EXSC 203. Prevention and Care of Athletic Injuries. (3).

Topics covered in this course include medical terminology, emergency medical techniques, basic injury mechanisms and an introduction to recognition and treatment of common athletic injuries. Experience will be gained in basic taping techniques. Prerequisites: BIOL 223 & BIOL 224.

EXSC 204. Introduction to Exercise Science. (2).

This course is designed to introduce students to the field of Exercise Science, including the various disciplines included under the umbrella of exercise science, the professionals related to an exercise science degree, the terminology applied to the field, the interactions between the various disciplines, and how methods of inquiry produce knowledge in exercise science.

EXSC 206. First Aid and C.P.R for the Professional Rescuer. (2).

The theory and practice of first aid and cardio-pulmonary resuscitation for the professional rescuer. Topics in the class include: one and two rescuer CPR, bag valve mask and pocket mask use, oxygen administration and AED administration. American Red Cross First Aid, CPR/AED Certification for the professional rescuer is awarded upon successful completion of the necessary requirements.

EXSC 220. Coaching Baseball/Softball. (2).

EXSC 221. Coaching Basketball. (2).

EXSC 222. Coaching Football. (2).

EXSC 223. Coaching Golf. (2).

EXSC 224. Coaching Gymnastics. (2).

EXSC 225. Coaching Swimming and Diving. (2).

EXSC 226. Coaching Tennis. (2).

EXSC 227. Coaching Track and Field. (2).

EXSC 228. Coaching Volleyball. (2).

EXSC 229. Coaching Soccer. (2).

EXSC 251. Individual and Dual Sports and Activities. (2).

Studies knowledge and skills involved in playing and teaching individual and dual sports and encouraging participation in individual and dual exercise activities. Emphasis on teaching the skills involved in individual and dual sports and activities and motivating people to engage in a healthy and active lifestyle through exercise. Includes techniques for special populations, cultures and ethnicities.

EXSC 252. Team Sports. (2).

Studies the knowledge and skills required for playing and teaching team sports and games.

EXSC 253. Aquatic and Rhythmic Activities. (2).

This course focuses on teaching methodology for rhythmic activities, social dance, and aquatic activities. Specifically, students will learn the processes of skill development, analysis and evaluation of fundamental movements in dance and aquatics.

EXSC 254. Combative and Outdoor Activities. (2).

This course focuses on skill development, teaching methodology, analysis and evaluation of fundamental cycling, self-defense, and combative and outdoor education skills.

EXSC 282. Selected Topics. (1-4).

EXSC 282L. Selected Topic Lab. (1-4).

Upper Division

EXSC 300. Exercise Prescription. (3).

Design, implementation and evaluation of exercise and physical activity programs for all populations. Covers the scientific basis for exercise prescription, gender issues, ethnicity issues, children and older adult issues, and exercise prescription for sports. Emphasis involves the scientific application of training principles and safety to improve both health and physical fitness. Prerequisite: EXSC 201, EXSC 202.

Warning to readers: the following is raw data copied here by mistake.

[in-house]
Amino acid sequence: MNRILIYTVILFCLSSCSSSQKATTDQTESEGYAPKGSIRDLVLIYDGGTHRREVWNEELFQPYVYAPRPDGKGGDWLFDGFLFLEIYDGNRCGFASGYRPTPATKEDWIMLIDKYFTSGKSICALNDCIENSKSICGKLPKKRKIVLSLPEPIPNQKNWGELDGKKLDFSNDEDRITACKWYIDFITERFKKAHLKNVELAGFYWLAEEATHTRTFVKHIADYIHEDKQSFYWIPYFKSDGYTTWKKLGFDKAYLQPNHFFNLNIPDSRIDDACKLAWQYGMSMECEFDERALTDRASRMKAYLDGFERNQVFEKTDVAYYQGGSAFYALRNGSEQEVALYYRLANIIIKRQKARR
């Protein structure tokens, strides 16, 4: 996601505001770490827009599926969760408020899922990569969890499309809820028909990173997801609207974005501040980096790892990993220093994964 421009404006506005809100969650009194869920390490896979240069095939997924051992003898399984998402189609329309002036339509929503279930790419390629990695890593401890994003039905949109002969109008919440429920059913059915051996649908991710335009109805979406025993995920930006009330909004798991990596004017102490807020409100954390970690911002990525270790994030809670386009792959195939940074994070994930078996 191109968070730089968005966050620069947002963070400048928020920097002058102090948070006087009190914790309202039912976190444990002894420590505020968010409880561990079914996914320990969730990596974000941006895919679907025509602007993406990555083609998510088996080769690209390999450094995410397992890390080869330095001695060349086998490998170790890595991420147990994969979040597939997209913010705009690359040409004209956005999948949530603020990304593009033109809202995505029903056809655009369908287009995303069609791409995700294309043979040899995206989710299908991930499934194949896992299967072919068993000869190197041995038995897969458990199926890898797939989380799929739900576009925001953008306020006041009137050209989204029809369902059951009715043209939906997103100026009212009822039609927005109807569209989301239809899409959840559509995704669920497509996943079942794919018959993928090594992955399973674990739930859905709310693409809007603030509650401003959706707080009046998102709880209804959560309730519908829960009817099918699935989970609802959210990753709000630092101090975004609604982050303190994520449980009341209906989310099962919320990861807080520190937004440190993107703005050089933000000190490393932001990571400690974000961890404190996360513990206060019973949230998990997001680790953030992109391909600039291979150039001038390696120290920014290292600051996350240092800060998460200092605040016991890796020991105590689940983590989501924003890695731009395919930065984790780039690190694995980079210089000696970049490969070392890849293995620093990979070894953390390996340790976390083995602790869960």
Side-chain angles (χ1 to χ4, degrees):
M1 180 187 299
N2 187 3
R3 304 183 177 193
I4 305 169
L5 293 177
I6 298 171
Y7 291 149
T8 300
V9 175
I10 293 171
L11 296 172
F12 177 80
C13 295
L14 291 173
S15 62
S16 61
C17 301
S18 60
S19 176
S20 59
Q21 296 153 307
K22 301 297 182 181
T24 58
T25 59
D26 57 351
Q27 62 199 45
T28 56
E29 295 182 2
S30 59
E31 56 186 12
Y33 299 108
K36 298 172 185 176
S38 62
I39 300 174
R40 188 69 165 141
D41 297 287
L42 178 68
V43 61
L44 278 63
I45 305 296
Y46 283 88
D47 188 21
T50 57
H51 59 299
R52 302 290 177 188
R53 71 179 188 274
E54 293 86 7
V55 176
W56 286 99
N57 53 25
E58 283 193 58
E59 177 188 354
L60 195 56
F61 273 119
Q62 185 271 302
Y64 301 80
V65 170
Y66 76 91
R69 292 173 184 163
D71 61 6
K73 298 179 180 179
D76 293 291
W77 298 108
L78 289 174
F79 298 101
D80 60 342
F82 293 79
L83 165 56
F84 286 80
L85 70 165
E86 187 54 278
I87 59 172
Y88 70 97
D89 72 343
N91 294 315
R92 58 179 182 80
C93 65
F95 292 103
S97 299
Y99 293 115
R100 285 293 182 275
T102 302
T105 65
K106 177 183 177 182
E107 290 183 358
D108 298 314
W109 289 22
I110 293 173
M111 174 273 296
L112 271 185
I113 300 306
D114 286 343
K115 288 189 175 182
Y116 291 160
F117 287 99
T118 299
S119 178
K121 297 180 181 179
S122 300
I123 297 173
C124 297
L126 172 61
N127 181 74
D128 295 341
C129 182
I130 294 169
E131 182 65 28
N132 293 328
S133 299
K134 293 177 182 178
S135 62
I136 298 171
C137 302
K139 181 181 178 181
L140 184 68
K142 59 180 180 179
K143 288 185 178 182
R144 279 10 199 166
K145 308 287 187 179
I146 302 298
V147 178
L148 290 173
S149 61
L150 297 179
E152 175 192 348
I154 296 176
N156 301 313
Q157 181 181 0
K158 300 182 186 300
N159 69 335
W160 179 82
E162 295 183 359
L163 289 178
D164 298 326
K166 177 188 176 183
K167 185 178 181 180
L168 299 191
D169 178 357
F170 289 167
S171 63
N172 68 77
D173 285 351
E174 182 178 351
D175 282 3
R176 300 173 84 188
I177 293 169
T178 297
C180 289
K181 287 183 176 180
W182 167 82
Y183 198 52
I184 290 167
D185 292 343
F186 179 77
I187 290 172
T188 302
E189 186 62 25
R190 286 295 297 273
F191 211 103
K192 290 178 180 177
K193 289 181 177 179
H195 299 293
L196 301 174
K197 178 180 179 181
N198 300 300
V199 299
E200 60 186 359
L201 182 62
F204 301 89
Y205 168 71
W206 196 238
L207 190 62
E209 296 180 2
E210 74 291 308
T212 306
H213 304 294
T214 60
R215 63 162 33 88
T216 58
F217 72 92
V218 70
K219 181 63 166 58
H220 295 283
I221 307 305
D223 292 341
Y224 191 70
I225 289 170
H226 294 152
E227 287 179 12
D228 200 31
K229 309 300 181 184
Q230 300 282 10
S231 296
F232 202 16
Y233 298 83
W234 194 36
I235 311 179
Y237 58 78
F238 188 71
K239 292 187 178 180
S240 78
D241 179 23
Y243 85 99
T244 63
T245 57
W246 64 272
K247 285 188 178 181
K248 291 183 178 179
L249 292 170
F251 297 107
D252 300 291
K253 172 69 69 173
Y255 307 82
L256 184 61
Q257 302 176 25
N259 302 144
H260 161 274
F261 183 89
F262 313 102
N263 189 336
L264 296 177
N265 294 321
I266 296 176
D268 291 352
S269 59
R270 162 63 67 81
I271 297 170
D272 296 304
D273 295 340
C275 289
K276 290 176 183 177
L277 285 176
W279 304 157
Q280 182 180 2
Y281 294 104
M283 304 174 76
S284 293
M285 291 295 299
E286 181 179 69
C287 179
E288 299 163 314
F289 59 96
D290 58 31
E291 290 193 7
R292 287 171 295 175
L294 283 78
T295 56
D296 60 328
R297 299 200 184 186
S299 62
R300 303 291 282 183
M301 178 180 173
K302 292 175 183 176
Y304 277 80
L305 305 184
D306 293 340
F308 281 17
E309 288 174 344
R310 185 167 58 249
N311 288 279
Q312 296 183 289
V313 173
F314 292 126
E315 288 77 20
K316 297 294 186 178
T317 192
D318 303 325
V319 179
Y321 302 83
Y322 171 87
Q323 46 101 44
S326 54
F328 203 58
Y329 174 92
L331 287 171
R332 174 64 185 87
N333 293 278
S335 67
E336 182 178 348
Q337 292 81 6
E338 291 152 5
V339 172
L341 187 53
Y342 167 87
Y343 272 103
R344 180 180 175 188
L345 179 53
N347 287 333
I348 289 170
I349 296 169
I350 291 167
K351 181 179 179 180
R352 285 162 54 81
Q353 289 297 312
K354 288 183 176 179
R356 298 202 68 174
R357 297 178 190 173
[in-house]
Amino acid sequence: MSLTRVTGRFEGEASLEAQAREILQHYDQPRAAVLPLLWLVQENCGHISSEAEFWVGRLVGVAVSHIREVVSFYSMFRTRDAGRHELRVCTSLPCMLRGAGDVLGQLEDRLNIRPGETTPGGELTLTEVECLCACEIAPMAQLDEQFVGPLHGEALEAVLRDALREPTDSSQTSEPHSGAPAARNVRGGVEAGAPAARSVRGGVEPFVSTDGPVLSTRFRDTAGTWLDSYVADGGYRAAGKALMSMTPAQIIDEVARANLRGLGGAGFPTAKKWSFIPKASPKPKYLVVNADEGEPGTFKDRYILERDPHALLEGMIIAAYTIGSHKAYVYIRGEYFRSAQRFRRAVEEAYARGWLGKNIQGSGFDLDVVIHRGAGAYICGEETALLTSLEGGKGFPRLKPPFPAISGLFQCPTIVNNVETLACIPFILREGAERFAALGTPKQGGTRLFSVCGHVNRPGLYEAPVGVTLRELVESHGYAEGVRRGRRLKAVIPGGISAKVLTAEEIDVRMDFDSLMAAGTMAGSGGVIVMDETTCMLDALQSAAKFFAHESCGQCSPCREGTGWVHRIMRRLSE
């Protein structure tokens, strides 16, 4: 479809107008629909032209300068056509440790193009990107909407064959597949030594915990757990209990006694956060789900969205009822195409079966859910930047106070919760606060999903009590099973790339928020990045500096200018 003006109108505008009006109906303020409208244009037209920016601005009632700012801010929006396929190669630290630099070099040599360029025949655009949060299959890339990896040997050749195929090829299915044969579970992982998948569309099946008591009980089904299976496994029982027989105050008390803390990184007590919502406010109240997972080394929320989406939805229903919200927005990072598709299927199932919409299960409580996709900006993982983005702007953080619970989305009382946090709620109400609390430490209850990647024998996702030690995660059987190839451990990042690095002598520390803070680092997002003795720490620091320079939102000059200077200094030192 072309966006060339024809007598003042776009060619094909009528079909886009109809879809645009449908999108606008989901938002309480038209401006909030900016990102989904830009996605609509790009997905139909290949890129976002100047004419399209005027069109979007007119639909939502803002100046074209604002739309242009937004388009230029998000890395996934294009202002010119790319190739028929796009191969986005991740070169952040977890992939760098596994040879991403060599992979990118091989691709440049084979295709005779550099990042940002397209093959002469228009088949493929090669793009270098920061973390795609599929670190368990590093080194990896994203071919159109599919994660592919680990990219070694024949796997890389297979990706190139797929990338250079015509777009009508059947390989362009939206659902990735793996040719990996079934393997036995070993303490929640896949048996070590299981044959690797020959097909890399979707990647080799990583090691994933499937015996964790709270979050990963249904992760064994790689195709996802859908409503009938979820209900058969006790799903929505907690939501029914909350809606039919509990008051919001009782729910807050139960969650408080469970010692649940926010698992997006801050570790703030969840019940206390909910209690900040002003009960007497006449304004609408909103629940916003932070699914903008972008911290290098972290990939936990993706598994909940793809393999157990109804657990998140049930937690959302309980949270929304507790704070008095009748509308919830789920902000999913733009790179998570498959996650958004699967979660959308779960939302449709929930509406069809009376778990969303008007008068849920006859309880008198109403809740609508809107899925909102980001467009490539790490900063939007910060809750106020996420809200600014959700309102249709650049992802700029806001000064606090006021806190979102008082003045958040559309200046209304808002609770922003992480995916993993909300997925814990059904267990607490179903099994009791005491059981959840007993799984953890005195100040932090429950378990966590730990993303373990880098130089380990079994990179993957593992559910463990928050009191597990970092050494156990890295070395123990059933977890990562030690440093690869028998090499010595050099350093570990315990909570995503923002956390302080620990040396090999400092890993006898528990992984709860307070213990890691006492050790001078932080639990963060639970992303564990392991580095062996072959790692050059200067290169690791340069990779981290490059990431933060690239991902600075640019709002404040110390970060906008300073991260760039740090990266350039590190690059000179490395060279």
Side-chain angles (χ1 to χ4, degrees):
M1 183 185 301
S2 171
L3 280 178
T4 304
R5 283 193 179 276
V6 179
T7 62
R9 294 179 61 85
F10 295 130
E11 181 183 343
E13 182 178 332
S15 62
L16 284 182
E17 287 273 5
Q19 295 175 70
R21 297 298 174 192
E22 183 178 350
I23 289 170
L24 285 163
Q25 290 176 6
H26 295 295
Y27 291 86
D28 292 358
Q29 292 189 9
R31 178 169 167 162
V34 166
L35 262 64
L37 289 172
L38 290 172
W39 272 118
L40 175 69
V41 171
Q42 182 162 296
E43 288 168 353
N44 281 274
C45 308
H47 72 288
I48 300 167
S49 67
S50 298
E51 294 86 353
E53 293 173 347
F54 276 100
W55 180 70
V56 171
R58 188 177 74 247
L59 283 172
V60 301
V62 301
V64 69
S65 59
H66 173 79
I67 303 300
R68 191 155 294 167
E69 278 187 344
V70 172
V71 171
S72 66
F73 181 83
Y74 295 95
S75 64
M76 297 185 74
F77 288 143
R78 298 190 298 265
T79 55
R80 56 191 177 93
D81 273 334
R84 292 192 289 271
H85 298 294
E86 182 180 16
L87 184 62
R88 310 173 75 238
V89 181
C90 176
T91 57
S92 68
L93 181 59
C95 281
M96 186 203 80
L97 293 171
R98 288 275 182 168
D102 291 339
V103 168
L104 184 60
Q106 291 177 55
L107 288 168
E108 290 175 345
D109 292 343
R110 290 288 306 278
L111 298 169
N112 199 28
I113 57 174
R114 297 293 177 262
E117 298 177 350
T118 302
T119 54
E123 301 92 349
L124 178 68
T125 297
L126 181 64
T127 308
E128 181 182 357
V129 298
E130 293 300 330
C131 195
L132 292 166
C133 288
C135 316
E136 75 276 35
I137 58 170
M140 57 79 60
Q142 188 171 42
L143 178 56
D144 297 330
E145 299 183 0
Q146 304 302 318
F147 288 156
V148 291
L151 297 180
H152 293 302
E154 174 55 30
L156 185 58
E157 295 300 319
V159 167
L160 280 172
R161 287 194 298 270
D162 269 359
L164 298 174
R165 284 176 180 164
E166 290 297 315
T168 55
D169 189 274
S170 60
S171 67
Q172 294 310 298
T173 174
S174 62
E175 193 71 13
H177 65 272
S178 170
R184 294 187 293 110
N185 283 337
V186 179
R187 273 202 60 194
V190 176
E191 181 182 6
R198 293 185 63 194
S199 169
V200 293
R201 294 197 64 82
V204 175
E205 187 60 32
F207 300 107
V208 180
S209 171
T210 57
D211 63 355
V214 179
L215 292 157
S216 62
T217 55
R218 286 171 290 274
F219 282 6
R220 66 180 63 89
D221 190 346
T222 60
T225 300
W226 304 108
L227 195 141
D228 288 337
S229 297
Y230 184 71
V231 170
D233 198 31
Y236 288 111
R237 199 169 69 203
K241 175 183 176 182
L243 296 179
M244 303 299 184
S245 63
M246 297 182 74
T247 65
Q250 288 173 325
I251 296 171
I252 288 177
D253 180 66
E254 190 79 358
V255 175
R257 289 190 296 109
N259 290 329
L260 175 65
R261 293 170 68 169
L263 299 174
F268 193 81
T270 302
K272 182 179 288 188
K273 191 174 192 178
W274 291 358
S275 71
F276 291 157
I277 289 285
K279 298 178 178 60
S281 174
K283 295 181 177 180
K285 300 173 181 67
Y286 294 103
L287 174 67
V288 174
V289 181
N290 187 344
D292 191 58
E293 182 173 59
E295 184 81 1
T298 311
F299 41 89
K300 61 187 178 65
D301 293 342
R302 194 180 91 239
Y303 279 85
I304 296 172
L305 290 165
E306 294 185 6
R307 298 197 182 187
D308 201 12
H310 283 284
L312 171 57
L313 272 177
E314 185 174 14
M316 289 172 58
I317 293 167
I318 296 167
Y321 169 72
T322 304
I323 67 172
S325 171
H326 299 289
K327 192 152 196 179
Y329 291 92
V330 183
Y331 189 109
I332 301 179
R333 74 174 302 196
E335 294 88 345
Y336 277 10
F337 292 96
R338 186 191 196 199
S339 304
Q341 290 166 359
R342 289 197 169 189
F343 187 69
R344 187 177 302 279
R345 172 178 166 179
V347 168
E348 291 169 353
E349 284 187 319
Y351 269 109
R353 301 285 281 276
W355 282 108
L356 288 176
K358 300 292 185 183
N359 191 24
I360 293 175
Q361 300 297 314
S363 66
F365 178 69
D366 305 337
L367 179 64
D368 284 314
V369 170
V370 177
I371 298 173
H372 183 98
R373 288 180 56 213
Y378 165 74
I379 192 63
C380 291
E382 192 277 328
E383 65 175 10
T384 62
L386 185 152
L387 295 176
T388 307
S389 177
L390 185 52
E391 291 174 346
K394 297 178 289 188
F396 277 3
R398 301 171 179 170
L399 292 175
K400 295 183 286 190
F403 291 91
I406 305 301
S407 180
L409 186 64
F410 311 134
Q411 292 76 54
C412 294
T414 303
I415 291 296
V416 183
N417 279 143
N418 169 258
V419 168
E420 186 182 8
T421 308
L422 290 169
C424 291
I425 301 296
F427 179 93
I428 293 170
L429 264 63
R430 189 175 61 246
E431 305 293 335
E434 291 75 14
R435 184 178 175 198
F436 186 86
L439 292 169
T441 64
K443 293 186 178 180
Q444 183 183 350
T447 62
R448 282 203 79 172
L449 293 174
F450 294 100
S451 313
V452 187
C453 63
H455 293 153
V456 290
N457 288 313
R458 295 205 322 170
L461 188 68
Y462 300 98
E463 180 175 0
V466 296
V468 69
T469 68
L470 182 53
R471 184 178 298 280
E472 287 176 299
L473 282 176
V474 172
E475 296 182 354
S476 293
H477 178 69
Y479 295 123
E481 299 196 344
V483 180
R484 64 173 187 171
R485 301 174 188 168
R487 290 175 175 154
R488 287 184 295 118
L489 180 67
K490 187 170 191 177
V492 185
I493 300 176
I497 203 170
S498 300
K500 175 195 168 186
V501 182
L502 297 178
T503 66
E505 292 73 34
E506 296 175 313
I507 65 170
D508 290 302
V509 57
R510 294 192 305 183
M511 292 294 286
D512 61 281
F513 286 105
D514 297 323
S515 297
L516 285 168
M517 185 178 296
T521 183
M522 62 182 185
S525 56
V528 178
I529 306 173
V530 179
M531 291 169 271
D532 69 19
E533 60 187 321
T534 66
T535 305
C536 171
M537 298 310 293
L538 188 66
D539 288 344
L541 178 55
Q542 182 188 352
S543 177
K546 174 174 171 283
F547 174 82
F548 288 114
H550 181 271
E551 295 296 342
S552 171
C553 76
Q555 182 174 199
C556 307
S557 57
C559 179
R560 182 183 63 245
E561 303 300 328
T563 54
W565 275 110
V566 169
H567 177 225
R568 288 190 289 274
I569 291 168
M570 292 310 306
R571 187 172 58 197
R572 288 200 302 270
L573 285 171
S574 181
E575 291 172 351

EXSC 301. Biomechanics. (4).

Studies the mechanical basis of human motion based on Newtonian mechanics. Emphasis involves applying the laws of physics to sports and exercise. Corequisite: EXSC 301L. Prerequisite: EXSC 201.

EXSC 301L. Biomechanics Lab. (0).

Covers the physics of human movement. Study will be augmented by laboratory experiences using high speed video, electromyography, kinematic analysis via computer digitized skills, kinetic analysis via load cells and a force platform. Corequisite: EXSC 301.

EXSC 302. Motor Development Across a Life Span. (3).

Motor skills or movement skills provide much of the means of human interaction with the environment. Studies the interaction of motor skills and the environment through birth, infancy, childhood, adolescence, adulthood, middle adulthood and old age. Emphasis involves recognition and analysis of the sequence of skill landmarks throughout the life span.

EXSC 303. Nutrition. (3).

Studies the role of food in metabolism for enhancing exercise performance and the interaction of food types with energy production, growth, development and weight control. The course integrates data from chemistry, exercise physiology, biochemistry, medicine, and physiology. Cultural issues of food and the social implications of diet and nutrient intake are emphasized. Prerequisite: EXSC 202.

EXSC 325. Statistics and Research Methods in Exercise Science. (4).

The course will provide a strong basic knowledge of statistics commonly used in research in the exercise sciences. Understanding of appropriate research design will be covered. A strong emphasis on reading current literature and the application of statistics will be made. Prerequisite: MATH 151.

EXSC 340. Motor Learning and Control. (4).

This course will provide an introduction to clinical assessment of exercise, with particular focus on modalities. This course will examine the theoretical and clinical basis for the use of therapeutic modalities in clinical assessment. This course will provide knowledge regarding the scientific basis and physiological effects of various modalities, as well as knowledge of safe and appropriate use of modalities in clinical assessment. Prerequisite: EXSC 201, EXSC 202, EXSC 302.

EXSC 352. Adaptive Physical Education. (3).

Covers the theory and techniques of providing physical activity for special populations. Emphasis is on the interaction of physical/mental challenges and physical activity. Prerequisite: EXSC 251.

EXSC 353. Field Observations. (2).

Students will observe community teachers and students in real physical education settings. The students will perform systematic observation of student and teacher conduct and meet once each week to discuss their observations.